May 30 (Reuters) - Billionaire Warren Buffett had proposed to invest $3 billion in Uber Technologies Inc earlier this year, but the talks failed following disagreements over the deal's terms, Bloomberg reported on Wednesday, citing unidentified people familiar with the matter.
Buffett's Berkshire Hathaway Inc would have provided a convertible loan to Uber that would have protected Buffett's investment should the Silicon Valley ride-hailing company hit financial crisis, the report said. (bloom.bg/2kzUdlm)
Uber Chief Executive Officer Dara Khosrowshahi proposed decreasing the size of the deal to $2 billion, giving Buffett a smaller share of the company. The deal fell after the two sides could not agree on terms, Bloomberg reported, citing a source.
Buffett told CNBC that "some of the reported details are not correct" but confirmed that Berkshire did have talks with Uber.
Khosrowshahi also confirmed in an interview with CNBC cnb.cx/2H8uIR0 that Uber did have discussions with Buffett, but added that he didn't think "the reporting was entirely accurate."
Asked about whether the talks could resume, Khosrowshahi said it was "always possible" and he would welcome any kind of dialogue with Buffett.
A representative for Buffett did not immediately respond to a request for comment. An Uber spokesman declined to comment.
Buffett, who had long shunned the technology sector, has become a top shareholder of Apple Inc, and expressed regret about not investing in Alphabet Inc's Google and Amazon.com Inc before they became huge.
Berkshire has $108.6 billion in cash and equivalents as of the end of March that it is eager to invest.
Berkshire said much of the $14.8 billion it invested in equities during the first quarter went to Apple, and said it owned 239.6 million shares worth more than $40 billion.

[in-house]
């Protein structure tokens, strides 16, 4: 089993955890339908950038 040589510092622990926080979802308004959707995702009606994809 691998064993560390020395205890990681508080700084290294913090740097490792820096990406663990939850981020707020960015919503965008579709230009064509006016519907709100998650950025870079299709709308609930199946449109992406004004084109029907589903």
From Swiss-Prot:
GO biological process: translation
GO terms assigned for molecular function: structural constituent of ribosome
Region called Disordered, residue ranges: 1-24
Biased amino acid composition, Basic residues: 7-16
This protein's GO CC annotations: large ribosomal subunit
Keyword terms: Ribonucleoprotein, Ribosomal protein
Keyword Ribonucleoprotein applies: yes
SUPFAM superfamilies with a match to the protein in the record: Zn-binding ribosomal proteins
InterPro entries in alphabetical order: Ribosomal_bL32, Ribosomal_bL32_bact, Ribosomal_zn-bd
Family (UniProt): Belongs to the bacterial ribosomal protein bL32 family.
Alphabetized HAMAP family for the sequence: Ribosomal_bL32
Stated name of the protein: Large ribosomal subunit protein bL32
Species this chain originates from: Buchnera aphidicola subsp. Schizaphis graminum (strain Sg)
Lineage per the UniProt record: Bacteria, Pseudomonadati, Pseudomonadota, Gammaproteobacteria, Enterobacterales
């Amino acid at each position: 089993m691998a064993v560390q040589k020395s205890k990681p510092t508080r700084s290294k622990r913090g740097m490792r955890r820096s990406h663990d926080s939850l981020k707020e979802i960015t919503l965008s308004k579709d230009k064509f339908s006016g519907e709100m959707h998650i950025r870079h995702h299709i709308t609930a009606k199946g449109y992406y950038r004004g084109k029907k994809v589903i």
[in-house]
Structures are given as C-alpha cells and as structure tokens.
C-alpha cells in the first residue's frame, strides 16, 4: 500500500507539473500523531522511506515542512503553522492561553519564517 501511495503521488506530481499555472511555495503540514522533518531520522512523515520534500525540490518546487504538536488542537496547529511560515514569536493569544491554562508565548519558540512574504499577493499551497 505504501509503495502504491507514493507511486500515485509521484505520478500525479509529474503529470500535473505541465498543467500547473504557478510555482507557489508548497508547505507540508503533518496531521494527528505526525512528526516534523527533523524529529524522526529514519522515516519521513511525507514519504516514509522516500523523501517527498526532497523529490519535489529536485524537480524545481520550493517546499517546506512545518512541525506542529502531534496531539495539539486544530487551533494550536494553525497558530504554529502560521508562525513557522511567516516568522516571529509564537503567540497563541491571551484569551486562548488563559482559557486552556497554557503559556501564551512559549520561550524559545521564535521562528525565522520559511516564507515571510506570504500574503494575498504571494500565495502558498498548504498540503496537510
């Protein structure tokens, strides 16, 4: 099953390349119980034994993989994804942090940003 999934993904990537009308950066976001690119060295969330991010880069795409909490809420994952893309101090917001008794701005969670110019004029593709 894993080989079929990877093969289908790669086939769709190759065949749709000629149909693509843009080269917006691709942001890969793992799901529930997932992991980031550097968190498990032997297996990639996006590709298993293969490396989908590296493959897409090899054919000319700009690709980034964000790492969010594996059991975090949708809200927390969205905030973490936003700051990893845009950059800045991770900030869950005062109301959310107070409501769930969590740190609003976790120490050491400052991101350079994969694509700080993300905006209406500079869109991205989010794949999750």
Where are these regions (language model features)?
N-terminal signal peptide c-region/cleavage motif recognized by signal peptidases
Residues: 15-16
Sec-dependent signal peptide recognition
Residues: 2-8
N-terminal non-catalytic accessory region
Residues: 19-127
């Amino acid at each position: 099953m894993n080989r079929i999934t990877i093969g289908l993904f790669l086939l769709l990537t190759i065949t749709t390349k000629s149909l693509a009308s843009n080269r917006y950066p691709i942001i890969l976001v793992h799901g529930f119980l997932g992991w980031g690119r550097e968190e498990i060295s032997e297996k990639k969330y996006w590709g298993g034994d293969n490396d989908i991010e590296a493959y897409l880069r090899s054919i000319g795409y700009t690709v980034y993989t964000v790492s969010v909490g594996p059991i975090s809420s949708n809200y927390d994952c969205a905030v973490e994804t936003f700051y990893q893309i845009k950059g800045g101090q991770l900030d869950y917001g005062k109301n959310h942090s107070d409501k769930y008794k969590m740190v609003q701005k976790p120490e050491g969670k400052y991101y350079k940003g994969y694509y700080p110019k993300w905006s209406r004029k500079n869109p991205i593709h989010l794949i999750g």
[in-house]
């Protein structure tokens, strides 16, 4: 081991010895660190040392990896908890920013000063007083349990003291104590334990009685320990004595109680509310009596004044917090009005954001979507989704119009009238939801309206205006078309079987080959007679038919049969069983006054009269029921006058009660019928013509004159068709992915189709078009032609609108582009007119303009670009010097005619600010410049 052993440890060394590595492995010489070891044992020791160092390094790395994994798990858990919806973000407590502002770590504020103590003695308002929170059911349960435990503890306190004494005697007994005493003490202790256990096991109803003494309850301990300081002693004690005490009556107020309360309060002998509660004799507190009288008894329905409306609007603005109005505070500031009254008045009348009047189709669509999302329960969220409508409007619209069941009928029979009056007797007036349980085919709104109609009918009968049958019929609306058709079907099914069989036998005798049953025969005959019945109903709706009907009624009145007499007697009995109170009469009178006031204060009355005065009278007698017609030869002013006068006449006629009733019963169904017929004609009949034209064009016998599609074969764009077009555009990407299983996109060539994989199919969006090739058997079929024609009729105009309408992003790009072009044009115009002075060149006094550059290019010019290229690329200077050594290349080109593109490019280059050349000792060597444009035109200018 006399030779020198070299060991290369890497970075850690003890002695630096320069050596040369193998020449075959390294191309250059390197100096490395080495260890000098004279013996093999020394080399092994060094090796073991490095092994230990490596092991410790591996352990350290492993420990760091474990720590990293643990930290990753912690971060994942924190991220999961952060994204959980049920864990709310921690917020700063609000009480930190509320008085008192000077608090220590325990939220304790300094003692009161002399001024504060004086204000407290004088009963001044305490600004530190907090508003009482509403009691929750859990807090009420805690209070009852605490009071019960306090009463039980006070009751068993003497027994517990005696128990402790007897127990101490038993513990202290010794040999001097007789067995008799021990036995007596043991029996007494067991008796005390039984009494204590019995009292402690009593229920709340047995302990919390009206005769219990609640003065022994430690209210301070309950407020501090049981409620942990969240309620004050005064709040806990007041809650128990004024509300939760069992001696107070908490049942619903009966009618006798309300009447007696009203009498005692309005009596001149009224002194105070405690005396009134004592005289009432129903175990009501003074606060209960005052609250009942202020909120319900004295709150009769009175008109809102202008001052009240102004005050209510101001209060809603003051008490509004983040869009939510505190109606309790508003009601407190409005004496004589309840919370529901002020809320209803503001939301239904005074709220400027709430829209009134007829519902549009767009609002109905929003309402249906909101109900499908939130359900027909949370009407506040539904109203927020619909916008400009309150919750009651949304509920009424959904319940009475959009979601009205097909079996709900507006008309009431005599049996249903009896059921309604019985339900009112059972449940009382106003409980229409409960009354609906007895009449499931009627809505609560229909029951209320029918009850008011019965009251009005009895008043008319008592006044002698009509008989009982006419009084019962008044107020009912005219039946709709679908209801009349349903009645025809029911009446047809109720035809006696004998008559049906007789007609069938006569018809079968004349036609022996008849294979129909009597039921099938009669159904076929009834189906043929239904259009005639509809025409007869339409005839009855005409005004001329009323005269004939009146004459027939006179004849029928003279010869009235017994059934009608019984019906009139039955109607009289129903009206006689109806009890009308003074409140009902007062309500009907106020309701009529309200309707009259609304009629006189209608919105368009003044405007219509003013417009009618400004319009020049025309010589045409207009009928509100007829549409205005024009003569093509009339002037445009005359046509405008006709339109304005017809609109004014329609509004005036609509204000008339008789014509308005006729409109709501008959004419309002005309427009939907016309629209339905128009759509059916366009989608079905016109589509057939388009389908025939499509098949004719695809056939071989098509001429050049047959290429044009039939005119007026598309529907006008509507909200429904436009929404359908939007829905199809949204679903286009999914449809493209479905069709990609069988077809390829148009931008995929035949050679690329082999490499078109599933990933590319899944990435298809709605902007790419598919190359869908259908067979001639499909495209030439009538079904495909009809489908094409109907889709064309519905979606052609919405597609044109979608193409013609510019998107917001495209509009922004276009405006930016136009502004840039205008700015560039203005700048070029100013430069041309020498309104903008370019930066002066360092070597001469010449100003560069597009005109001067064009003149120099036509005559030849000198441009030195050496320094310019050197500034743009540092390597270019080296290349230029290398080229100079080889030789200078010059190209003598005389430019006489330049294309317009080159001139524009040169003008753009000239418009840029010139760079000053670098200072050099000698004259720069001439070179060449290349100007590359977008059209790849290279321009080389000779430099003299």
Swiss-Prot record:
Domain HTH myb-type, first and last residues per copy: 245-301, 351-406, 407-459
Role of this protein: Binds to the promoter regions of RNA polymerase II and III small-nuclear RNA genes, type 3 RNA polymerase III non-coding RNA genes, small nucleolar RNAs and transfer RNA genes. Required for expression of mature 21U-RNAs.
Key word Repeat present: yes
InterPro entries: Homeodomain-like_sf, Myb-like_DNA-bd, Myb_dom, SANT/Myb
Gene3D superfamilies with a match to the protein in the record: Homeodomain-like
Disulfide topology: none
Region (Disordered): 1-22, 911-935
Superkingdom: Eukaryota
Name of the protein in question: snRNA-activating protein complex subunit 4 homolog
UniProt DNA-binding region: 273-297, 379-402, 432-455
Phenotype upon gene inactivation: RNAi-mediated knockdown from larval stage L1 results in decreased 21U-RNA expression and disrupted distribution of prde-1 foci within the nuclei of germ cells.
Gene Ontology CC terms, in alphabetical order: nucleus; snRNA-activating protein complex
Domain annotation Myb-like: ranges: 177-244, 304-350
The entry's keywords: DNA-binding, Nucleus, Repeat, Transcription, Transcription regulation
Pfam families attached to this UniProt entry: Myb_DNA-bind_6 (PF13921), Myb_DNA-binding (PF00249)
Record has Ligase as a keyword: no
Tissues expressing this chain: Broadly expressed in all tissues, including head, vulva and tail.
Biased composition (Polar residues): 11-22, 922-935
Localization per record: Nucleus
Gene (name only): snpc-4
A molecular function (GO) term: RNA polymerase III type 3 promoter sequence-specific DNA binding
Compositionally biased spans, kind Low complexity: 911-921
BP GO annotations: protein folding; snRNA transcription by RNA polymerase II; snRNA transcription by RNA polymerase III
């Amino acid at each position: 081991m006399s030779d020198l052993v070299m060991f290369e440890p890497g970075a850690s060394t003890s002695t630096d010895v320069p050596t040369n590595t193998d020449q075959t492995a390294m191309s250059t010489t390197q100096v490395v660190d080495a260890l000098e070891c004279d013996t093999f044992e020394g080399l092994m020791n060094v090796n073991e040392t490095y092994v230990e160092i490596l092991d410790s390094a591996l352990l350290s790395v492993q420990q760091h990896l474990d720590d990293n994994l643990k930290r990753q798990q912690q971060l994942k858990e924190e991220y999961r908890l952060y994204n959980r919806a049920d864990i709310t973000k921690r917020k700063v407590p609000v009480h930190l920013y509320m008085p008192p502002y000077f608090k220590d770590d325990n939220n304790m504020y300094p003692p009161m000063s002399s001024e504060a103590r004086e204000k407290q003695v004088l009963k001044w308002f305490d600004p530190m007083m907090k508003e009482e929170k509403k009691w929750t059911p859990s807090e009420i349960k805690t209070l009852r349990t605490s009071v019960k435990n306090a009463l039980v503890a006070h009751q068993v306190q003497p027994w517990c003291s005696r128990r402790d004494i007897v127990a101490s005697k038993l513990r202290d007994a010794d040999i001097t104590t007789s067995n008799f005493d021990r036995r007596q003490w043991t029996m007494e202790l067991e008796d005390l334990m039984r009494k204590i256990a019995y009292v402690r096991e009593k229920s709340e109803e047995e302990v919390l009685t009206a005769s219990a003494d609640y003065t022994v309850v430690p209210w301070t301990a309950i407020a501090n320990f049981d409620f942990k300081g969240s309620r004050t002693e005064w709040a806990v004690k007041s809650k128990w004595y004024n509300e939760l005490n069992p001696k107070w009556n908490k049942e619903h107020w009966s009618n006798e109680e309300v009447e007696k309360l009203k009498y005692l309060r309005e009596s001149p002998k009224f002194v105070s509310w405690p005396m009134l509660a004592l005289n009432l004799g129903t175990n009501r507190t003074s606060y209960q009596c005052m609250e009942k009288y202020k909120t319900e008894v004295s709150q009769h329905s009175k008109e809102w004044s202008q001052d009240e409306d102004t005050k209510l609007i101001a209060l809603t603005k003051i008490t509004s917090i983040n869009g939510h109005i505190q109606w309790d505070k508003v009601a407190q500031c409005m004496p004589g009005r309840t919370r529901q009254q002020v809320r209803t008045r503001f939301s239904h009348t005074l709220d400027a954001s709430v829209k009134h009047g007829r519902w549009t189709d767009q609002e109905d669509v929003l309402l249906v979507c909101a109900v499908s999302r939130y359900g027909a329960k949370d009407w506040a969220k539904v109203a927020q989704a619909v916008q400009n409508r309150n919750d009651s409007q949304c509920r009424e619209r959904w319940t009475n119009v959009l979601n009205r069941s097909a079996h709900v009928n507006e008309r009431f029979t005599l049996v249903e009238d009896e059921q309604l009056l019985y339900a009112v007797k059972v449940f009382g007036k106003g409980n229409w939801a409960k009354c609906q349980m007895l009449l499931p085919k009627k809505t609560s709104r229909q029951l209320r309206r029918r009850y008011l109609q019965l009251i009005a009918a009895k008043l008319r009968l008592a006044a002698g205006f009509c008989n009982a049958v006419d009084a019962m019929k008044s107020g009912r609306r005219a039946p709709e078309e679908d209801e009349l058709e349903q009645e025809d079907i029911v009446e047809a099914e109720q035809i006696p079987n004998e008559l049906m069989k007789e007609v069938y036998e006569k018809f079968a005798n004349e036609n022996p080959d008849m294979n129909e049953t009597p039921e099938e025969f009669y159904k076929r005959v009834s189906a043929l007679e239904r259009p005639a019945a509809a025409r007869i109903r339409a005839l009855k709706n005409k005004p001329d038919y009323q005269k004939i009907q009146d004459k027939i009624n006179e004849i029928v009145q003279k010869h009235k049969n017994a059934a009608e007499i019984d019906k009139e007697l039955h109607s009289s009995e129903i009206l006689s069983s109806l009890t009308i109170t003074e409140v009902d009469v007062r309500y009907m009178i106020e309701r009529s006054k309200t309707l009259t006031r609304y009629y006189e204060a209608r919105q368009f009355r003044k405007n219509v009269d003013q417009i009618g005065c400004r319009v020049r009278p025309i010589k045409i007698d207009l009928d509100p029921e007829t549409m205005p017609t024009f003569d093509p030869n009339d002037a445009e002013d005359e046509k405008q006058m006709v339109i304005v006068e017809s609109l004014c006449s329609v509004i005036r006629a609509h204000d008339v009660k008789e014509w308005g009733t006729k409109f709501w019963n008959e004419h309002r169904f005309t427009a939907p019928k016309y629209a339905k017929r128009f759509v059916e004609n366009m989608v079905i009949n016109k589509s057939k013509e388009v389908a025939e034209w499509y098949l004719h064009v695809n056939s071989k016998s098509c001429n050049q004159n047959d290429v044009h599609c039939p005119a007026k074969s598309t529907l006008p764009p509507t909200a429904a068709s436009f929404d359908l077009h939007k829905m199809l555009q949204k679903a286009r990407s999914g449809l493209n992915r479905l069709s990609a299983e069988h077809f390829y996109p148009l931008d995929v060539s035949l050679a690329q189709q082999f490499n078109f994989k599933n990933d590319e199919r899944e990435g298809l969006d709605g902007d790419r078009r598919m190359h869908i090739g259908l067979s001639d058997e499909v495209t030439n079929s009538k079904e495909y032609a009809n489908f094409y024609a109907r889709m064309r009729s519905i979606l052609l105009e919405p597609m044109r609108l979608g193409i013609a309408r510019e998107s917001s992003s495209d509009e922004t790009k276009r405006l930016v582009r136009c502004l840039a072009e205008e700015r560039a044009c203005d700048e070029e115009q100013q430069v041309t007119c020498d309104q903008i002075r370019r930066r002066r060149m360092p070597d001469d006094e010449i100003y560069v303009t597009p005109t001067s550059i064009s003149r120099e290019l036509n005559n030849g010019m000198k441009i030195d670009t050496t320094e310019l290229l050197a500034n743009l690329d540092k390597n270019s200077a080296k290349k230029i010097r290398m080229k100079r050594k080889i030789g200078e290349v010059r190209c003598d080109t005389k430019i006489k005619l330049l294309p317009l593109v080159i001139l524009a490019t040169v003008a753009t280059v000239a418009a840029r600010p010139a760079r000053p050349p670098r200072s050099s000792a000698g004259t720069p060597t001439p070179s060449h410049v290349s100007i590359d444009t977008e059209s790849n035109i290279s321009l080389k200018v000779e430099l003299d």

That said, Buffett may view Apple and Uber less as technology companies than strong brands with loyal customers. Berkshire has more than 90 operating units including the BNSF railroad, Geico auto insurance, Dairy Queen ice cream, Fruit of the Loom underwear, See's Candies and a variety of industrial, utility and chemical operations.
Larger stock investments are normally made by Buffett, but he has handed over more responsibility to his investment deputies Todd Combs and Ted Weschler in recent years.
Khosrowshahi has since his August appointment been trying to improve the image of Uber, which has been rocked by management turmoil and tarnished by revelations about an alleged sexist workplace culture tolerant of chauvinism. The Uber board of directors has committed to a 2019 initial public offering, and Khosrowshahi has not strayed from that timeline.
An investment by Buffett would likely have been viewed as a stamp of approval.
In the last decade, Buffett has invested billions of Berkshire dollars to support companies seeking a pick-me-up, including investments in Goldman Sachs Group Inc, General Electric Co and Bank of America Corp during or in the aftermath of the global financial crisis.
Many of these have carried favorable terms for Berkshire, giving it a reputation as a lender of last resort to companies in need.
In February, Uber was valued at $72 billion. (Reporting by Shubham Kalia in Bengaluru, Trevor Hunnicutt and Jonathan Stempel in New York and Heather Somerville in San Francisco Additional reporting by Ismail Shakil in Bengaluru Editing by Maju Samuel and Cynthia Osterman)